One benefit of the present invention is that since the IP switch 309 provides IP routing of U-Plane traffic, it is more efficient in data transport processing, and has a greatly reduced cost, relative to a network entity that performs layer 2 processing and CN 100 U-Plane protocols. In addition to IP routing capability, the IP switch 309 performs IP address translation and splitting (duplication)/combining multiple IP data streams, which allows U-Plane relocations from one Node B to another (i.e., from Second Node B 312 to first Node B 310 to be hidden from CN 100.

As shown, since MAC and RLC processing requirements are removed from the centralized RNC 303, constraints on designing large RNCs are removed. Layer 2 processing, including MAC and RLC functions, is now provided by one or more Node Bs. This results in further enhancements to RRM functionality, which is attributable to increasing the availability of neighboring cell information. Operator cost is also greatly reduced by the reduction in the number of RNCs required to support a given network.

Since RLC and MAC functions need not be present in centralized RNC 303, some internal messaging that used to exist within prior art RNCs is now incorporated into the NBAP 405 protocol. For example, it is preferred that traffic volume measurements (TVM) and timing deviation measurements (TDM), which in the architecture of the present invention are recorded in first Node B 310, are reported to centralized RNC 303. This can be accomplished with modification of the NBAP protocol by expanding the reporting mechanism already existing within NBAP for Node B measurement reporting.

As aforementioned, the Iub protocol refers to an interface between a Node B (such as first Node B 310) and an RNC (such as centralized RNC 303). Iur refers to an interface between two RNCs, such as RNC 1 (102, FIG. 2) and RNC 2 (103, FIG. 2). The Iub frame protocol interface between centralized RNC 303 and first Node B 309 requires changes to support the dedicated control channel (DCCH) 407 and common control channel (CCCH) logical channels generated by the control unit 404. These channels are used to control the WTRUs in an identical manner as prior art. The Iub frame protocol supports a logical channel, and does not support the transport channels of the Iub frame protocol of the current architecture. By adapting the frame protocols used on the Iur interface for MAC-d/MAC-c service data units (SDUs); (also non-transport channel of MAC 424), the logical control channel(s) can be supported between centralized RNC 303 and first Node B 310.

The C-Plane of the Iub is also modified for mobility procedures. Paging and cell update, for example, are transferred from MAC 424 in the Node B to the centralized RNC 303. Mobility control messages previously used on the Iur can be applied to the Iub to support the aforementioned functionality between centralized RNC 303 and first Node B 310.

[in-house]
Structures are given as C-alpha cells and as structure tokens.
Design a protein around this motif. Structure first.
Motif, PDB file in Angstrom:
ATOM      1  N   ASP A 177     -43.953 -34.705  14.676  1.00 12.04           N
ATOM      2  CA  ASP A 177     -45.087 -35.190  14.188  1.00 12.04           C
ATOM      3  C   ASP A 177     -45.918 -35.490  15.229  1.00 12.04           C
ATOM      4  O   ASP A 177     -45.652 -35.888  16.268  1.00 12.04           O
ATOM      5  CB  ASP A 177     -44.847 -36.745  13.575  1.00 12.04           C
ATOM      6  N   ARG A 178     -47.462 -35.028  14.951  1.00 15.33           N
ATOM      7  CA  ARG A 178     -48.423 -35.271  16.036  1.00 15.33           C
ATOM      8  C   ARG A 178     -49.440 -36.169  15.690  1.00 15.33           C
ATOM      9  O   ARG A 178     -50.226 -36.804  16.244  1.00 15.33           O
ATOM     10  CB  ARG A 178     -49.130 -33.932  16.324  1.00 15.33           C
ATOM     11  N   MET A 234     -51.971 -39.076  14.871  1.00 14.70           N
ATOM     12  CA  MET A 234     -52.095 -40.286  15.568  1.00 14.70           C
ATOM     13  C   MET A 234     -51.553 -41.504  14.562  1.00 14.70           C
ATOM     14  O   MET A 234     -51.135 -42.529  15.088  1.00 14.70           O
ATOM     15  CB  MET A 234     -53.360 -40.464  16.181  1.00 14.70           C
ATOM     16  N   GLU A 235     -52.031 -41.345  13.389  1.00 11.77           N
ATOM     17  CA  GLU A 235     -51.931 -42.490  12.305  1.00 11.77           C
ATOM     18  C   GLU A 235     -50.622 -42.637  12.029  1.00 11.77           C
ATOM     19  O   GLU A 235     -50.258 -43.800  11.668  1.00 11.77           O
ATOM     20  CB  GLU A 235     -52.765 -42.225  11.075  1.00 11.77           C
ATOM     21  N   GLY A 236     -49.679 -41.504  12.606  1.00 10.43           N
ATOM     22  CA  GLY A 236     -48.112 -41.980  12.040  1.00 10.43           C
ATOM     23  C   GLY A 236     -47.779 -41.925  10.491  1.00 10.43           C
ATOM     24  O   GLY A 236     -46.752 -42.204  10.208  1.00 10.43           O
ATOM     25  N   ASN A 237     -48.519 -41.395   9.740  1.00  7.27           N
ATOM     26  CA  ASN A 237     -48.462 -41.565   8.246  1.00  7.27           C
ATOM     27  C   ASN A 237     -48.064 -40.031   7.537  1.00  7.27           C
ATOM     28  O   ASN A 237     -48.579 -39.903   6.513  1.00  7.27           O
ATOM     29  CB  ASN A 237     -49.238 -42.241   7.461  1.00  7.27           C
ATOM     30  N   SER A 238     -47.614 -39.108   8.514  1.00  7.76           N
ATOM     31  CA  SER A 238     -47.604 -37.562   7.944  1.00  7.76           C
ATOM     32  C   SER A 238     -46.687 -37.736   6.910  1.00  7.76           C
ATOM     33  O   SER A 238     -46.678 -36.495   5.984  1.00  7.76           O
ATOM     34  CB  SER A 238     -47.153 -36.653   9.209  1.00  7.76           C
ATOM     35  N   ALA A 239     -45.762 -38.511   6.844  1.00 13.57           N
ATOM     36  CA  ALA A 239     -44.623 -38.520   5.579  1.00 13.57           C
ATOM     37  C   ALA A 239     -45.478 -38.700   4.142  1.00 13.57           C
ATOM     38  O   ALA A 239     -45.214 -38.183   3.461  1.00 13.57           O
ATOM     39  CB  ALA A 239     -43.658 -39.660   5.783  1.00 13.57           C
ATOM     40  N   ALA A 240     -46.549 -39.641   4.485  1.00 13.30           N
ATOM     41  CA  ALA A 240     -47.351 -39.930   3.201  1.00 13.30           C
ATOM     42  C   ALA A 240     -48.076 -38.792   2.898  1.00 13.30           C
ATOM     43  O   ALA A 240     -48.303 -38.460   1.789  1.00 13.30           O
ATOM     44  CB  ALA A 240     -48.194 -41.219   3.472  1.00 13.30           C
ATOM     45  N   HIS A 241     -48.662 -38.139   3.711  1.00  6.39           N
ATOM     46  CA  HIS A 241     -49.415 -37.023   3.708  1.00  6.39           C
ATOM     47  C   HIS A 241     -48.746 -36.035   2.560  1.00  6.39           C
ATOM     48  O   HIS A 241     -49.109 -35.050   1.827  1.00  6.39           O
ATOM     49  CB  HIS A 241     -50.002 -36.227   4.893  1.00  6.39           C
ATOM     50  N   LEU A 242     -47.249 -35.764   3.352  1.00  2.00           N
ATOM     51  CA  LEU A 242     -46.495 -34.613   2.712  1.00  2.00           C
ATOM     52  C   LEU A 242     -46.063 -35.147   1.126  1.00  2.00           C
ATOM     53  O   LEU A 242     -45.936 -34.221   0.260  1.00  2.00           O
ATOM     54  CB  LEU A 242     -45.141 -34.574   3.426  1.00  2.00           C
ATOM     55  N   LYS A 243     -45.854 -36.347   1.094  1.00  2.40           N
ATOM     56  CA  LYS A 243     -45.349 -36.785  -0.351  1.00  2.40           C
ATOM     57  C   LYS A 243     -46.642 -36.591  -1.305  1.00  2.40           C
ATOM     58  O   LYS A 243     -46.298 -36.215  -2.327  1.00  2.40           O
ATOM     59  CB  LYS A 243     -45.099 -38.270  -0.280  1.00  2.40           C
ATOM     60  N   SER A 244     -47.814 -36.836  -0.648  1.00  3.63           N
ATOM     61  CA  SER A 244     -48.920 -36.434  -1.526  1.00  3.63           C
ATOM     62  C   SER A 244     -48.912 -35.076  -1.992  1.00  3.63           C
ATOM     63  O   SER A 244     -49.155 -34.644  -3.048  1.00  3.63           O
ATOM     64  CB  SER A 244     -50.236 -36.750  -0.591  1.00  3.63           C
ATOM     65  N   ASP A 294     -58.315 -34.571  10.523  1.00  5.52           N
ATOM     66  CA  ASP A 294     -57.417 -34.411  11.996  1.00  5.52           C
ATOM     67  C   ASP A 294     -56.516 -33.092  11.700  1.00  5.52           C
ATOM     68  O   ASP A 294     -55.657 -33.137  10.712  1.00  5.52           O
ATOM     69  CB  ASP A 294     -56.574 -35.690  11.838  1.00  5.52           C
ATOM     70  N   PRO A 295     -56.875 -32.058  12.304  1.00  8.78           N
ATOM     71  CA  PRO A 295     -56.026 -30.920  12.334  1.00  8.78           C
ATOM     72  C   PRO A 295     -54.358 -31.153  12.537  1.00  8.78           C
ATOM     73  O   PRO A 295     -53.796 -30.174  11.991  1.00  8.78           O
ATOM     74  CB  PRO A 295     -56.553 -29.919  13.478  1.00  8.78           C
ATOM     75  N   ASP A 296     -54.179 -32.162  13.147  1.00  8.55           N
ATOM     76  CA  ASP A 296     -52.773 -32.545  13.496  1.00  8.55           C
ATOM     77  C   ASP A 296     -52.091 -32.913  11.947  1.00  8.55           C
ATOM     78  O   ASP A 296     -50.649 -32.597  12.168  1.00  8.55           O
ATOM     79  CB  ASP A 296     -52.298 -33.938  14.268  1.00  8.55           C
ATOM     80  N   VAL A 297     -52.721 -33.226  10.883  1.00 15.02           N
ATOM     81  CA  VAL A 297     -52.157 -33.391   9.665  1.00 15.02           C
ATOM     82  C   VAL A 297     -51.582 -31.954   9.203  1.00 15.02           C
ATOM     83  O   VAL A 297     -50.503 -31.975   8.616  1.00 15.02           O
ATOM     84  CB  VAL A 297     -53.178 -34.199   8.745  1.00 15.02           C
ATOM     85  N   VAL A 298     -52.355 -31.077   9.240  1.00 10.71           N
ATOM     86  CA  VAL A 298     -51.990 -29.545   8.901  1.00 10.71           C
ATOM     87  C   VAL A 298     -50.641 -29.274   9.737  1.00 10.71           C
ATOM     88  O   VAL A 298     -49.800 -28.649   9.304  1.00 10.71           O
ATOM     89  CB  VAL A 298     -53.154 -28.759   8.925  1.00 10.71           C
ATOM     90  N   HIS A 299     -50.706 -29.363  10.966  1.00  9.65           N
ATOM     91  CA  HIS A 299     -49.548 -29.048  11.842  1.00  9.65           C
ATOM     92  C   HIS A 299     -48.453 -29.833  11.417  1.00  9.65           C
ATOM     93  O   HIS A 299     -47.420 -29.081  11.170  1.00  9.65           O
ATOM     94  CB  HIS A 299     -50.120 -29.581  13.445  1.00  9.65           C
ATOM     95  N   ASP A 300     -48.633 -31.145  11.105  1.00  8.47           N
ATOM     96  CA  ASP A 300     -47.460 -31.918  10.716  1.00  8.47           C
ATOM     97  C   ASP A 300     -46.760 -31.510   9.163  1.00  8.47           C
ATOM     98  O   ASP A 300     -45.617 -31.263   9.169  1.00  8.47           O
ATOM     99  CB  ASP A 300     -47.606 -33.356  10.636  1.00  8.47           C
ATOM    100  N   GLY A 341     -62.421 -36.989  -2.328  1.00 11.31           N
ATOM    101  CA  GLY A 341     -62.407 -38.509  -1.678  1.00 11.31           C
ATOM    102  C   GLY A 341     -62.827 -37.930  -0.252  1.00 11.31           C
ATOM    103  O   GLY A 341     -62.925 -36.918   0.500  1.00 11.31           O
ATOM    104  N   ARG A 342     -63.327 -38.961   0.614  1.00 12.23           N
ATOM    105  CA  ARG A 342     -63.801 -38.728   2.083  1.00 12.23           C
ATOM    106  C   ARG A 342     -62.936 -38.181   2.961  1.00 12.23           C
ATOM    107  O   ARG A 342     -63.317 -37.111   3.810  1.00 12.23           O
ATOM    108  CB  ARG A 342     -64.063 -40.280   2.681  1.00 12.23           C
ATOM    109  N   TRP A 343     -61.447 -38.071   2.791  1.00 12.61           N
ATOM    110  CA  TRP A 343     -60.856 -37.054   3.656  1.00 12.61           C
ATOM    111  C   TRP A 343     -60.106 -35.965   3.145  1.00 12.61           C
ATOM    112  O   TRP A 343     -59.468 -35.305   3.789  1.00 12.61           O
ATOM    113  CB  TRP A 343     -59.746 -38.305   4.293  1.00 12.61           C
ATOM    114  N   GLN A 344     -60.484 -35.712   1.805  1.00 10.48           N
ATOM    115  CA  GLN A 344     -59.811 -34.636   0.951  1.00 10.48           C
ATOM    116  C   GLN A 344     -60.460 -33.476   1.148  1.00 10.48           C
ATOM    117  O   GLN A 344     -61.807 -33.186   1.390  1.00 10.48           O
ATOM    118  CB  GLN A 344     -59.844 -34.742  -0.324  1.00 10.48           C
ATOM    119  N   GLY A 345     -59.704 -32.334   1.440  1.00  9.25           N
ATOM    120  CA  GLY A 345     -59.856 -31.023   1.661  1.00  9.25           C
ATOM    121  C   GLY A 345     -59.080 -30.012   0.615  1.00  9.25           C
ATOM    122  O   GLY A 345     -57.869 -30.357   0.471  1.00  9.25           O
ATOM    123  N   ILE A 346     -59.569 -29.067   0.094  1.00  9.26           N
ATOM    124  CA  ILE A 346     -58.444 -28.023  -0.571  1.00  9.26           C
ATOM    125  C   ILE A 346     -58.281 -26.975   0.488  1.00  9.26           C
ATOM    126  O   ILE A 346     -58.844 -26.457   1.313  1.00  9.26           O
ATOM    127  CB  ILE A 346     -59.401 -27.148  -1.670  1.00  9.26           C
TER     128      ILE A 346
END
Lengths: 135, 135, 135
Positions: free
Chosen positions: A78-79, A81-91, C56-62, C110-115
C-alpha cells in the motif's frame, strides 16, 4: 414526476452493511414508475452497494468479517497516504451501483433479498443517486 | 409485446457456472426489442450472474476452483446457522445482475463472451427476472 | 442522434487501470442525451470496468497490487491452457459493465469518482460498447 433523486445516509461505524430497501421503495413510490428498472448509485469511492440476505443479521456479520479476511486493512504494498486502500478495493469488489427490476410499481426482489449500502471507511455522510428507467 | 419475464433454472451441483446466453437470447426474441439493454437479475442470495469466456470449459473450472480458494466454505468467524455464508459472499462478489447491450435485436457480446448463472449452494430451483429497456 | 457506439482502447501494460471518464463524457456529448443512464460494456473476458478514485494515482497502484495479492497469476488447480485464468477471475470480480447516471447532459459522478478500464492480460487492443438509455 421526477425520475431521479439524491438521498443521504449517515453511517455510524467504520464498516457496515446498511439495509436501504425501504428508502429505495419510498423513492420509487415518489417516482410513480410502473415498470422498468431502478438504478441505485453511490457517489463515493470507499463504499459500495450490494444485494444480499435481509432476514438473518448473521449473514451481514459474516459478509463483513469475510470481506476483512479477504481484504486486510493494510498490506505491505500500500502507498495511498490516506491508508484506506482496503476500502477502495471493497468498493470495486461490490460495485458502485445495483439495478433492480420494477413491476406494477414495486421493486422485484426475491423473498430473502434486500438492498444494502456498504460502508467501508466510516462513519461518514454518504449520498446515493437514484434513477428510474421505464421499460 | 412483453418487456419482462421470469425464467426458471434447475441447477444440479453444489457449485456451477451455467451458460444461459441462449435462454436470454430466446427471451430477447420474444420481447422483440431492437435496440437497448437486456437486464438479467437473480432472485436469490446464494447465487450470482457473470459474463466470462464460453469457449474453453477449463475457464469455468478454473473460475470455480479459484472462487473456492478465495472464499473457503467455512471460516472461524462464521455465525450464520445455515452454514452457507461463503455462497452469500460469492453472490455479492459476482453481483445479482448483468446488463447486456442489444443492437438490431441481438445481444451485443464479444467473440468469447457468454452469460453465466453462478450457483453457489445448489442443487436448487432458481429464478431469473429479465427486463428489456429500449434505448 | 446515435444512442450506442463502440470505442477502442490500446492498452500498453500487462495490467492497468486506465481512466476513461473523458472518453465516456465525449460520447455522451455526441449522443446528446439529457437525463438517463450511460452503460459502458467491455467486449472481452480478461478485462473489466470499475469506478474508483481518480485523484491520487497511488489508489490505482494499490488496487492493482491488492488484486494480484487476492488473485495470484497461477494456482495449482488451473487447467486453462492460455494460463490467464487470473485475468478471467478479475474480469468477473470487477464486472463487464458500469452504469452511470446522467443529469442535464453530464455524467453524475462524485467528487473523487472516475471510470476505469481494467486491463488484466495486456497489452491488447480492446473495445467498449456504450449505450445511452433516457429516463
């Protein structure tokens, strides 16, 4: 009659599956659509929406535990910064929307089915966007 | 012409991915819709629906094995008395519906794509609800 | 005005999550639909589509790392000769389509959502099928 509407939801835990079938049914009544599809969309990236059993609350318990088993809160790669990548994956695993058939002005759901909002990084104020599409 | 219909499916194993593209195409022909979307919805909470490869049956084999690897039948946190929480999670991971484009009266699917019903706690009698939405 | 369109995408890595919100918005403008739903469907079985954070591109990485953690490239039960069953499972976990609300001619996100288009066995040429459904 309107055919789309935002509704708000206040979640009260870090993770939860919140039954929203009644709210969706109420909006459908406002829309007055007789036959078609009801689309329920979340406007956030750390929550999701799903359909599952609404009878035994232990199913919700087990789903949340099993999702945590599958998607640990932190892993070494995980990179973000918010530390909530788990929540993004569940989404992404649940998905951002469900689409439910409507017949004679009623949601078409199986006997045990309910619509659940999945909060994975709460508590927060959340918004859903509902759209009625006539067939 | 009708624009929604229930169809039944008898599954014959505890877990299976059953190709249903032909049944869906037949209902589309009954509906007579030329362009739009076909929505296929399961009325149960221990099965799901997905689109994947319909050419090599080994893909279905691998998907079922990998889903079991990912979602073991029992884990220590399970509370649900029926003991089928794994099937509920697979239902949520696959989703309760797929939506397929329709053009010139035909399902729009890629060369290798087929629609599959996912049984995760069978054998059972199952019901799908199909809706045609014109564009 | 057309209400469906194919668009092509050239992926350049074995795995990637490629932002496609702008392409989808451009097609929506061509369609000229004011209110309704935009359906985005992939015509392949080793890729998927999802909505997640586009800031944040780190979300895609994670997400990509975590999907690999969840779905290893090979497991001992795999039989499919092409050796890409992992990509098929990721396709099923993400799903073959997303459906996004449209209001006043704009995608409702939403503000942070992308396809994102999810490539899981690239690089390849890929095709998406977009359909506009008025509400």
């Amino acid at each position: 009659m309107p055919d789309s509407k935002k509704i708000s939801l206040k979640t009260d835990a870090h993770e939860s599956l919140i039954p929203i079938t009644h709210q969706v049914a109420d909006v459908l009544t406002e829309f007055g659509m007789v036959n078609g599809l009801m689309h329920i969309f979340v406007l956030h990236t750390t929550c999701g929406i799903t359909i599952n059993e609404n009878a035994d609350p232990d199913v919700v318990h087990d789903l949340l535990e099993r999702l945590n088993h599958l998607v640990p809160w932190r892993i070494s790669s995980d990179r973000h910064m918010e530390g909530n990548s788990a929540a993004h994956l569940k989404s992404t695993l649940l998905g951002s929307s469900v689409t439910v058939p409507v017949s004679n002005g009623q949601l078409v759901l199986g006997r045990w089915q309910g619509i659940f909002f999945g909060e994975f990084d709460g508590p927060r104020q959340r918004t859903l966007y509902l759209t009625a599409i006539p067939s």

As in the prior art, the C-Plane exists separately for each RNC/Node B connection. Accordingly, moving from one C-Plane to the other is simple; the centralized RNC 303 starts transmitting on the new C-Plane when necessary and stops using and releases the old C-Plane when the U-Plane has moved.

However, one of the problems in terminating the U-Plane in a Node B is that inter-Node B handovers are still required to move the U-Plane between Node Bs, such as for example the first Node B 310 to the second Node B 312. Movement of the U-Plane anchor is called relocation, and requiring the CN 100 to be involved in every inter-Node B cell change is not acceptable.

A sequence within the IP switch 309 for allowing inter-Node B handovers of the U-Plane without CN 100 interaction is shown in FIGS. 5A-5D. The IP switch 309 provides an anchor point to the CN 100. A switching mechanism within the IP switch 309 allows rerouting of the U-Plane from a Source Node B 503 to a Target Node B 505 without CN 100 intervention. The CN 100 anchor point remains connected to the IP switch 309 throughout the entire U-Plane rerouting sequence.

FIG. 5A shows data flow between CN 100 and Source Node B 503 prior to a handover. In the case of packet data, the IP switch 309 terminates a general packet radio services tunneling protocol (GTP) layer (S1). In the case of circuit switched data, IP switch 309 terminates a real-time transfer protocol (RTP) layer (S1). For both cases (packet switched and circuit switched data), the remaining data are transferred to/from CN 100 and Source Node B 503 (S2 and S3). The remaining data may include at least one of: (a) Iu-interface frame protocol data (IUFP); (b) user datagram protocol (UDP) data; or (c) Internet Protocol (IP) data.